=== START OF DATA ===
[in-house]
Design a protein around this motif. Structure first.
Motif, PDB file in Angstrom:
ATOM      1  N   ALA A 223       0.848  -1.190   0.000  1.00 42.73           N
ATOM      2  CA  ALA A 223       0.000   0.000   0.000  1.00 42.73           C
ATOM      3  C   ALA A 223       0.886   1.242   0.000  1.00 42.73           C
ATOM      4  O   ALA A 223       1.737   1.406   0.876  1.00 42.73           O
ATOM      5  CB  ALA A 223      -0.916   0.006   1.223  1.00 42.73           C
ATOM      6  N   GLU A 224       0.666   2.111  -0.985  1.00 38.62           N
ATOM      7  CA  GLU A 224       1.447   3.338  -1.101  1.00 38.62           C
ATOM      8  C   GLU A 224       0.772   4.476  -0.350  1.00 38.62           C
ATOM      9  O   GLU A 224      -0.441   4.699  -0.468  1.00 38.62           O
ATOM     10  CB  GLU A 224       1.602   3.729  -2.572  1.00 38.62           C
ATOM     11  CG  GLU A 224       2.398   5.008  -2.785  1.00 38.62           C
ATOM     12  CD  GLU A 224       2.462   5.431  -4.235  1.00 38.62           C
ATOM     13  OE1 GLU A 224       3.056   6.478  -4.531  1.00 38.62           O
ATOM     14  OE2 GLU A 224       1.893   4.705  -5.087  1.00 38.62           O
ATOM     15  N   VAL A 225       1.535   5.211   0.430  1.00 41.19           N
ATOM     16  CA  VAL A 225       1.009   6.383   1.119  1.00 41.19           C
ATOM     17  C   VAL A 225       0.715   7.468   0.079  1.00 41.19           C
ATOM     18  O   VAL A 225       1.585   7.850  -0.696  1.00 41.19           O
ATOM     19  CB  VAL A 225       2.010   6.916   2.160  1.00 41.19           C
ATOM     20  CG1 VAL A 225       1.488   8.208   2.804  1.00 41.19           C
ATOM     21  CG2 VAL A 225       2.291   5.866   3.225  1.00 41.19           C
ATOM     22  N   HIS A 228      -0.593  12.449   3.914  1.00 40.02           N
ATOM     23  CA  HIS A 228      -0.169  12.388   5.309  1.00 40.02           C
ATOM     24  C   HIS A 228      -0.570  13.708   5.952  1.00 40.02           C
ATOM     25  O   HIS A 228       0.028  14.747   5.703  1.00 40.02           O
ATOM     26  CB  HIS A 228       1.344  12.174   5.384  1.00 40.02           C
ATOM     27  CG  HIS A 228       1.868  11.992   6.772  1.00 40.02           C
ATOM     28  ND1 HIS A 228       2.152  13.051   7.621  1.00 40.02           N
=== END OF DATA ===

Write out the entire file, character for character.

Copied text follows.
[in-house]
Design a protein around this motif. Structure first.
Motif, PDB file in Angstrom:
ATOM      1  N   ALA A 223       0.848  -1.190   0.000  1.00 42.73           N
ATOM      2  CA  ALA A 223       0.000   0.000   0.000  1.00 42.73           C
ATOM      3  C   ALA A 223       0.886   1.242   0.000  1.00 42.73           C
ATOM      4  O   ALA A 223       1.737   1.406   0.876  1.00 42.73           O
ATOM      5  CB  ALA A 223      -0.916   0.006   1.223  1.00 42.73           C
ATOM      6  N   GLU A 224       0.666   2.111  -0.985  1.00 38.62           N
ATOM      7  CA  GLU A 224       1.447   3.338  -1.101  1.00 38.62           C
ATOM      8  C   GLU A 224       0.772   4.476  -0.350  1.00 38.62           C
ATOM      9  O   GLU A 224      -0.441   4.699  -0.468  1.00 38.62           O
ATOM     10  CB  GLU A 224       1.602   3.729  -2.572  1.00 38.62           C
ATOM     11  CG  GLU A 224       2.398   5.008  -2.785  1.00 38.62           C
ATOM     12  CD  GLU A 224       2.462   5.431  -4.235  1.00 38.62           C
ATOM     13  OE1 GLU A 224       3.056   6.478  -4.531  1.00 38.62           O
ATOM     14  OE2 GLU A 224       1.893   4.705  -5.087  1.00 38.62           O
ATOM     15  N   VAL A 225       1.535   5.211   0.430  1.00 41.19           N
ATOM     16  CA  VAL A 225       1.009   6.383   1.119  1.00 41.19           C
ATOM     17  C   VAL A 225       0.715   7.468   0.079  1.00 41.19           C
ATOM     18  O   VAL A 225       1.585   7.850  -0.696  1.00 41.19           O
ATOM     19  CB  VAL A 225       2.010   6.916   2.160  1.00 41.19           C
ATOM     20  CG1 VAL A 225       1.488   8.208   2.804  1.00 41.19           C
ATOM     21  CG2 VAL A 225       2.291   5.866   3.225  1.00 41.19           C
ATOM     22  N   HIS A 228      -0.593  12.449   3.914  1.00 40.02           N
ATOM     23  CA  HIS A 228      -0.169  12.388   5.309  1.00 40.02           C
ATOM     24  C   HIS A 228      -0.570  13.708   5.952  1.00 40.02           C
ATOM     25  O   HIS A 228       0.028  14.747   5.703  1.00 40.02           O
ATOM     26  CB  HIS A 228       1.344  12.174   5.384  1.00 40.02           C
ATOM     27  CG  HIS A 228       1.868  11.992   6.772  1.00 40.02           C
ATOM     28  ND1 HIS A 228       2.152  13.051   7.621  1.00 40.02           N